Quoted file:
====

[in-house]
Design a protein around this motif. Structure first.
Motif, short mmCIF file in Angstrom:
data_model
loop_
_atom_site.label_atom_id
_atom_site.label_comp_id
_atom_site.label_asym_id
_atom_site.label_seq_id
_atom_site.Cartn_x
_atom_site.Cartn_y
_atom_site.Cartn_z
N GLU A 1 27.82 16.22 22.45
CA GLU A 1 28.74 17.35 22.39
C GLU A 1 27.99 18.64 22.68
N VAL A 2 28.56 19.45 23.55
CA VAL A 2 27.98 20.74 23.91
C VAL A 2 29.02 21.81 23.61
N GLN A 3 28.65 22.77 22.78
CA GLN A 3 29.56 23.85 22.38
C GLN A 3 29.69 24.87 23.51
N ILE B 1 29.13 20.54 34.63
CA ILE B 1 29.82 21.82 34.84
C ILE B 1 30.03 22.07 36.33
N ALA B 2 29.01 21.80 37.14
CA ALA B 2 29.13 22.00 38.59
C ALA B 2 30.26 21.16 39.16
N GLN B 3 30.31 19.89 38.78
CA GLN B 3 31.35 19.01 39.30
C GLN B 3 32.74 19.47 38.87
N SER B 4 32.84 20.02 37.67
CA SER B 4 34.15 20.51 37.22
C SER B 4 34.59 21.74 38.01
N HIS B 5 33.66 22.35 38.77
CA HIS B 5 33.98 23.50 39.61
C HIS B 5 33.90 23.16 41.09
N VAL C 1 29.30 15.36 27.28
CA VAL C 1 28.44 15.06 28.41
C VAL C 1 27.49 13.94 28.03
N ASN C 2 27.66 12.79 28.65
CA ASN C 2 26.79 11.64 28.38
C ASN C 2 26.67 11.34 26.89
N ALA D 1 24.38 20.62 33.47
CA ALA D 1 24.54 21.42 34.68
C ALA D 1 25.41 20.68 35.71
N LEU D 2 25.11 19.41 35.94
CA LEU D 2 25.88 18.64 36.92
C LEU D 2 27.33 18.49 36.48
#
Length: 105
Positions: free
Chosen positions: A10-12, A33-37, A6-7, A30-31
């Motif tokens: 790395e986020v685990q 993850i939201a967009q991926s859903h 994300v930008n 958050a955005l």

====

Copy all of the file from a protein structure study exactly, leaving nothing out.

[in-house]
Design a protein around this motif. Structure first.
Motif, short mmCIF file in Angstrom:
data_model
loop_
_atom_site.label_atom_id
_atom_site.label_comp_id
_atom_site.label_asym_id
_atom_site.label_seq_id
_atom_site.Cartn_x
_atom_site.Cartn_y
_atom_site.Cartn_z
N GLU A 1 27.82 16.22 22.45
CA GLU A 1 28.74 17.35 22.39
C GLU A 1 27.99 18.64 22.68
N VAL A 2 28.56 19.45 23.55
CA VAL A 2 27.98 20.74 23.91
C VAL A 2 29.02 21.81 23.61
N GLN A 3 28.65 22.77 22.78
CA GLN A 3 29.56 23.85 22.38
C GLN A 3 29.69 24.87 23.51
N ILE B 1 29.13 20.54 34.63
CA ILE B 1 29.82 21.82 34.84
C ILE B 1 30.03 22.07 36.33
N ALA B 2 29.01 21.80 37.14
CA ALA B 2 29.13 22.00 38.59
C ALA B 2 30.26 21.16 39.16
N GLN B 3 30.31 19.89 38.78
CA GLN B 3 31.35 19.01 39.30
C GLN B 3 32.74 19.47 38.87
N SER B 4 32.84 20.02 37.67
CA SER B 4 34.15 20.51 37.22
C SER B 4 34.59 21.74 38.01
N HIS B 5 33.66 22.35 38.77
CA HIS B 5 33.98 23.50 39.61
C HIS B 5 33.90 23.16 41.09
N VAL C 1 29.30 15.36 27.28
CA VAL C 1 28.44 15.06 28.41
C VAL C 1 27.49 13.94 28.03
N ASN C 2 27.66 12.79 28.65
CA ASN C 2 26.79 11.64 28.38
C ASN C 2 26.67 11.34 26.89
N ALA D 1 24.38 20.62 33.47
CA ALA D 1 24.54 21.42 34.68
C ALA D 1 25.41 20.68 35.71
N LEU D 2 25.11 19.41 35.94
CA LEU D 2 25.88 18.64 36.92
C LEU D 2 27.33 18.49 36.48
#
Length: 105
Positions: free
Chosen positions: A10-12, A33-37, A6-7, A30-31
């Motif tokens: 790395e986020v685990q 993850i939201a967009q991926s859903h 994300v930008n 958050a955005l």